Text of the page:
Something extraordinary happened in London in the early fifteenth century. It had nothing to do with kings and battles, but its effect on the growth and development of London was nonetheless profound. This was when the first attempt was made by ordinary lay people ― merchants, scriveners, craftsmen ― to write their own history. They did so by writing what are known as the 'London chronicles'. In order for this to happen a number of changes in perception amongst the citizenry must have taken place. The earliest of these extant chronicles, dating from the first quarter of the fifteenth century, represents that first generation of historical writing to be undertaken in English since the Anglo-Saxon chronicle some three hundred years earlier. Moreover, the London chroniclers did not generally copy their text from an earlier manuscript, but adjusted and manipulated the skeletal chronicle form and their sources. Most extant chronicles contain unique passages and many are only distantly related to other chronicles. In the London chronicles therefore, we discover, for the first time, the lay Londoners' self-conscious attempts to record events and their meanings.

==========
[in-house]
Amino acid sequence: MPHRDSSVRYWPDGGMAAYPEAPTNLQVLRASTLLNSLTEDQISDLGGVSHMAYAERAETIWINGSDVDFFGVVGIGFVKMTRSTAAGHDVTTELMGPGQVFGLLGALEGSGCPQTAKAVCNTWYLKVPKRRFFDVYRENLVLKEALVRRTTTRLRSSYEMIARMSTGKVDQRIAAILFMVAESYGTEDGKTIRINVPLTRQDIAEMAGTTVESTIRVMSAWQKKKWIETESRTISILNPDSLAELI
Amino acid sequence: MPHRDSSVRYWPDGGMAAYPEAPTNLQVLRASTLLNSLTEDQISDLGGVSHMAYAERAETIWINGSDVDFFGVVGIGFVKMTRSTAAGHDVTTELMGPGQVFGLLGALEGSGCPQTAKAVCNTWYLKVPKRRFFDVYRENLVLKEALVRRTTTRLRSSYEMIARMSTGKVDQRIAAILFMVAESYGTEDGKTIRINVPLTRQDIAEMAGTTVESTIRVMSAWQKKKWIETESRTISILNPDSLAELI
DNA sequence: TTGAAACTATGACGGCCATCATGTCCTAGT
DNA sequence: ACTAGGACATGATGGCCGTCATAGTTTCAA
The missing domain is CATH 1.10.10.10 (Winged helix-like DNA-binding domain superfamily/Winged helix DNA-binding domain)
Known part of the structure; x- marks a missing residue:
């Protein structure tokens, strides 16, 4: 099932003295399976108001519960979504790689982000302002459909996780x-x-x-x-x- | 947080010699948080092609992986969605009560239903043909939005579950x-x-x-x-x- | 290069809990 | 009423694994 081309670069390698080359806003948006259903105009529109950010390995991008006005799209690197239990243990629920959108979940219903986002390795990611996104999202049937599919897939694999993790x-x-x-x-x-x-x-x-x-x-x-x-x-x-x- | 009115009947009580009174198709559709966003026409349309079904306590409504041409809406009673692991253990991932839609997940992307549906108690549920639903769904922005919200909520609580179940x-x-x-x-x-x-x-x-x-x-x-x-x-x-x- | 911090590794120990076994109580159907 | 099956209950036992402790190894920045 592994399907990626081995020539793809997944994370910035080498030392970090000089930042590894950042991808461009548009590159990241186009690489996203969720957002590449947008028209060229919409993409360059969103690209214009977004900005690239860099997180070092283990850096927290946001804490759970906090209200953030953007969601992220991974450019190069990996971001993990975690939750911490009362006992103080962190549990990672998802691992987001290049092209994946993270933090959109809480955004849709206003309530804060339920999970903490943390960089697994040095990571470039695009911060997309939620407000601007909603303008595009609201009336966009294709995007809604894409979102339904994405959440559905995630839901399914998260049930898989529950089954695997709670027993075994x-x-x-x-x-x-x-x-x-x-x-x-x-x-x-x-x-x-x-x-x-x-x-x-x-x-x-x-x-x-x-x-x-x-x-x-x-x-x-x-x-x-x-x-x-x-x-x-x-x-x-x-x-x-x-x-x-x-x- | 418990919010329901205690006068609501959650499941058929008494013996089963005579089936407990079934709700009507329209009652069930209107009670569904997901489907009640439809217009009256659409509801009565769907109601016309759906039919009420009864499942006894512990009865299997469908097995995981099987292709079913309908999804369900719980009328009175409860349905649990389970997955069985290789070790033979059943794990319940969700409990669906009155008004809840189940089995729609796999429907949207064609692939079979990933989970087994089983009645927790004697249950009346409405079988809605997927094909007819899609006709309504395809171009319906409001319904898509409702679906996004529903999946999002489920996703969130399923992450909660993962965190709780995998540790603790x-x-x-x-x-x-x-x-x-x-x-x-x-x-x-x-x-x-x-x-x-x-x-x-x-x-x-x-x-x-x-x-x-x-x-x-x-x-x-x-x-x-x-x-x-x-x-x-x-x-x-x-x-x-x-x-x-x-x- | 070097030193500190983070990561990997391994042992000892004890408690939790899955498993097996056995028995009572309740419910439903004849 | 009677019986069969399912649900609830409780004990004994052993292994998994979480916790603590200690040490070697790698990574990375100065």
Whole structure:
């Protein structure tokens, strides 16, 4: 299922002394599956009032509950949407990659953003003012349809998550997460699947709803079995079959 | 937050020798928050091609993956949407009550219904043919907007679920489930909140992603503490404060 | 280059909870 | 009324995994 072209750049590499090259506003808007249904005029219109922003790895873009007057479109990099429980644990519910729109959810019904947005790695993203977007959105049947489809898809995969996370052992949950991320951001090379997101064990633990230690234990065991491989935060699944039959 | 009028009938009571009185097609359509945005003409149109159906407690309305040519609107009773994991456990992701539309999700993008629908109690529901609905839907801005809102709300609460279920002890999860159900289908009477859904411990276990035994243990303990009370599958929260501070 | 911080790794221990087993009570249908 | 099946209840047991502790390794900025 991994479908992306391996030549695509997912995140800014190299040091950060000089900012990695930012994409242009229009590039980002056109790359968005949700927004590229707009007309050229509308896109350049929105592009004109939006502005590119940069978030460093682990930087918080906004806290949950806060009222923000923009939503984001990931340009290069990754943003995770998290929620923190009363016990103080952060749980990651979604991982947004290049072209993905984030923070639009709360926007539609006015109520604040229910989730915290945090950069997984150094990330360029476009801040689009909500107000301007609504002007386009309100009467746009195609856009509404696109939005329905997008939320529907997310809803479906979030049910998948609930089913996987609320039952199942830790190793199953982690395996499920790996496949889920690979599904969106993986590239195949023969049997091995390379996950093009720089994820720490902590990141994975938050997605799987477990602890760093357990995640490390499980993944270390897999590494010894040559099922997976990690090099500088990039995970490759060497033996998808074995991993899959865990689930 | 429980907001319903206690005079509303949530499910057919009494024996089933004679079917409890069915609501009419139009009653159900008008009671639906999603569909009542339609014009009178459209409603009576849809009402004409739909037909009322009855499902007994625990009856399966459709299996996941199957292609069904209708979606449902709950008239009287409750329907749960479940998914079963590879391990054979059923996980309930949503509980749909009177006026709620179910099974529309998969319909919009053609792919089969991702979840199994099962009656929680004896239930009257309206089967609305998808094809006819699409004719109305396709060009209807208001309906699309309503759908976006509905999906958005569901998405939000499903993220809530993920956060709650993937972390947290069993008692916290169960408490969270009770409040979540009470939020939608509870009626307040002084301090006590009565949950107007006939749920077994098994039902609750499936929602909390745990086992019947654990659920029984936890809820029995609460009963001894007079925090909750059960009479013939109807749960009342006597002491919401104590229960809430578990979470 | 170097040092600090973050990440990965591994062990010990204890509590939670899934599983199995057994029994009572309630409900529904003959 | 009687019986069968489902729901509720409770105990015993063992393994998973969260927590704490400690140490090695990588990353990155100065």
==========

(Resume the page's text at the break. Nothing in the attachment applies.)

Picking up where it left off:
Despite their importance as a secular and largely vernacular voice, much about the London chronicles remains a mystery. We do not know how the chronicle writing trend started, why, or exactly even when. Nor do we know how widely spread the writing of London chronicles was in its initial stages. There are forty-four manuscripts extant today, dating from between 1430 and 1566. The relationships between these manuscripts, however, suggest that in the mid fifteenth century there were almost certainly hundreds of London chronicles in circulation. Proportionately few of these survive. The nature of these manuscripts, as the product of the citizenry of London, means that many of them were probably kept in private homes. They could have been destroyed by fires, flood, vermin, or careless inheritors. At some time there must also have been a considerable trade in these chronicles. It appears that in the early to mid sixteenth century when they passed to a second or third generation of owners (probably being inherited) they were no longer valued as they had been. Many of the extant texts subsequently survive because they were acquired by John Stow, the sixteenth-century antiquary, or somehow made their way into the Cottonian library. Even here, however, they were not safe. Vitellius F. IX has been partially burnt and we do not know how many, if any, were completely destroyed in the Cottonian fire. Given how many manuscripts survive in the Cotton collection, it would be surprising if none had perished in the flames. Regardless of their poor survival rate, it is evident that as a body of texts, the London chronicles appeared and disappeared with remarkable suddenness.